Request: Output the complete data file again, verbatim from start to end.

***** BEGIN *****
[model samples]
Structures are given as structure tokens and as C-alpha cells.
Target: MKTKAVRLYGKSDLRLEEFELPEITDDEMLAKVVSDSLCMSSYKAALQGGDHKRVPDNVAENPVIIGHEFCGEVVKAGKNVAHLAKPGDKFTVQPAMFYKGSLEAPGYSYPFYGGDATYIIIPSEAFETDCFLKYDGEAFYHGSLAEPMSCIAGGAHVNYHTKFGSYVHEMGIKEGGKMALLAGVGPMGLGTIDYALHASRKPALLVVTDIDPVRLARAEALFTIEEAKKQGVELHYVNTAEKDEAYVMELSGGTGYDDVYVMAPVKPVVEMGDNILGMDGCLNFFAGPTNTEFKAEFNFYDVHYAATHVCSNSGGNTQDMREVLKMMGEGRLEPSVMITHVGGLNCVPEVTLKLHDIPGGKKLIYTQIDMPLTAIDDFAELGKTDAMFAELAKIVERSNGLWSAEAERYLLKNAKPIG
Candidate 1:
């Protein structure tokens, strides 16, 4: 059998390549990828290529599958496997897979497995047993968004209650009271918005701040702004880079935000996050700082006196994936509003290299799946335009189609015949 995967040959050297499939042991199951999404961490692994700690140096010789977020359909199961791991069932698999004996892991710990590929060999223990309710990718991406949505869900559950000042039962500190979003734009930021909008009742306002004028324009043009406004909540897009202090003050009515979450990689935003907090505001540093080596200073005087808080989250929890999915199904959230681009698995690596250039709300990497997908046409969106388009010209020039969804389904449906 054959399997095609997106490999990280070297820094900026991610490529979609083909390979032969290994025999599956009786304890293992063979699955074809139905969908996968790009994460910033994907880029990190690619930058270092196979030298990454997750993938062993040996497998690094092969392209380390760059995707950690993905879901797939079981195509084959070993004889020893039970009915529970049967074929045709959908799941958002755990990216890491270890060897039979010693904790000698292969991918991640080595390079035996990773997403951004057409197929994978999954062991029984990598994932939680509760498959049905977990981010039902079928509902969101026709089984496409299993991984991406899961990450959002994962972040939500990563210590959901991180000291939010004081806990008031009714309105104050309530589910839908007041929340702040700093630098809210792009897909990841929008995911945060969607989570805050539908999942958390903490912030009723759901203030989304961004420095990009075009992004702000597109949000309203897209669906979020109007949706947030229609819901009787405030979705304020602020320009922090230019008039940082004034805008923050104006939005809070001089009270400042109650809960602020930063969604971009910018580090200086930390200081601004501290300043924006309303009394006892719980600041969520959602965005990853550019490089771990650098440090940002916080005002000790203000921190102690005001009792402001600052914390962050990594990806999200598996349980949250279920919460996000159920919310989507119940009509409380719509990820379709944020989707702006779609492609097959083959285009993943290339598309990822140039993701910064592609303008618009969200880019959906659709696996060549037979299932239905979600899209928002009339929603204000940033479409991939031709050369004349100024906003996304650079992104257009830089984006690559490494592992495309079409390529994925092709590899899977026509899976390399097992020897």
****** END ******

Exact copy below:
[model samples]
Structures are given as structure tokens and as C-alpha cells.
Target: MKTKAVRLYGKSDLRLEEFELPEITDDEMLAKVVSDSLCMSSYKAALQGGDHKRVPDNVAENPVIIGHEFCGEVVKAGKNVAHLAKPGDKFTVQPAMFYKGSLEAPGYSYPFYGGDATYIIIPSEAFETDCFLKYDGEAFYHGSLAEPMSCIAGGAHVNYHTKFGSYVHEMGIKEGGKMALLAGVGPMGLGTIDYALHASRKPALLVVTDIDPVRLARAEALFTIEEAKKQGVELHYVNTAEKDEAYVMELSGGTGYDDVYVMAPVKPVVEMGDNILGMDGCLNFFAGPTNTEFKAEFNFYDVHYAATHVCSNSGGNTQDMREVLKMMGEGRLEPSVMITHVGGLNCVPEVTLKLHDIPGGKKLIYTQIDMPLTAIDDFAELGKTDAMFAELAKIVERSNGLWSAEAERYLLKNAKPIG
Candidate 1:
């Protein structure tokens, strides 16, 4: 059998390549990828290529599958496997897979497995047993968004209650009271918005701040702004880079935000996050700082006196994936509003290299799946335009189609015949 995967040959050297499939042991199951999404961490692994700690140096010789977020359909199961791991069932698999004996892991710990590929060999223990309710990718991406949505869900559950000042039962500190979003734009930021909008009742306002004028324009043009406004909540897009202090003050009515979450990689935003907090505001540093080596200073005087808080989250929890999915199904959230681009698995690596250039709300990497997908046409969106388009010209020039969804389904449906 054959399997095609997106490999990280070297820094900026991610490529979609083909390979032969290994025999599956009786304890293992063979699955074809139905969908996968790009994460910033994907880029990190690619930058270092196979030298990454997750993938062993040996497998690094092969392209380390760059995707950690993905879901797939079981195509084959070993004889020893039970009915529970049967074929045709959908799941958002755990990216890491270890060897039979010693904790000698292969991918991640080595390079035996990773997403951004057409197929994978999954062991029984990598994932939680509760498959049905977990981010039902079928509902969101026709089984496409299993991984991406899961990450959002994962972040939500990563210590959901991180000291939010004081806990008031009714309105104050309530589910839908007041929340702040700093630098809210792009897909990841929008995911945060969607989570805050539908999942958390903490912030009723759901203030989304961004420095990009075009992004702000597109949000309203897209669906979020109007949706947030229609819901009787405030979705304020602020320009922090230019008039940082004034805008923050104006939005809070001089009270400042109650809960602020930063969604971009910018580090200086930390200081601004501290300043924006309303009394006892719980600041969520959602965005990853550019490089771990650098440090940002916080005002000790203000921190102690005001009792402001600052914390962050990594990806999200598996349980949250279920919460996000159920919310989507119940009509409380719509990820379709944020989707702006779609492609097959083959285009993943290339598309990822140039993701910064592609303008618009969200880019959906659709696996060549037979299932239905979600899209928002009339929603204000940033479409991939031709050369004349100024906003996304650079992104257009830089984006690559490494592992495309079409390529994925092709590899899977026509899976390399097992020897």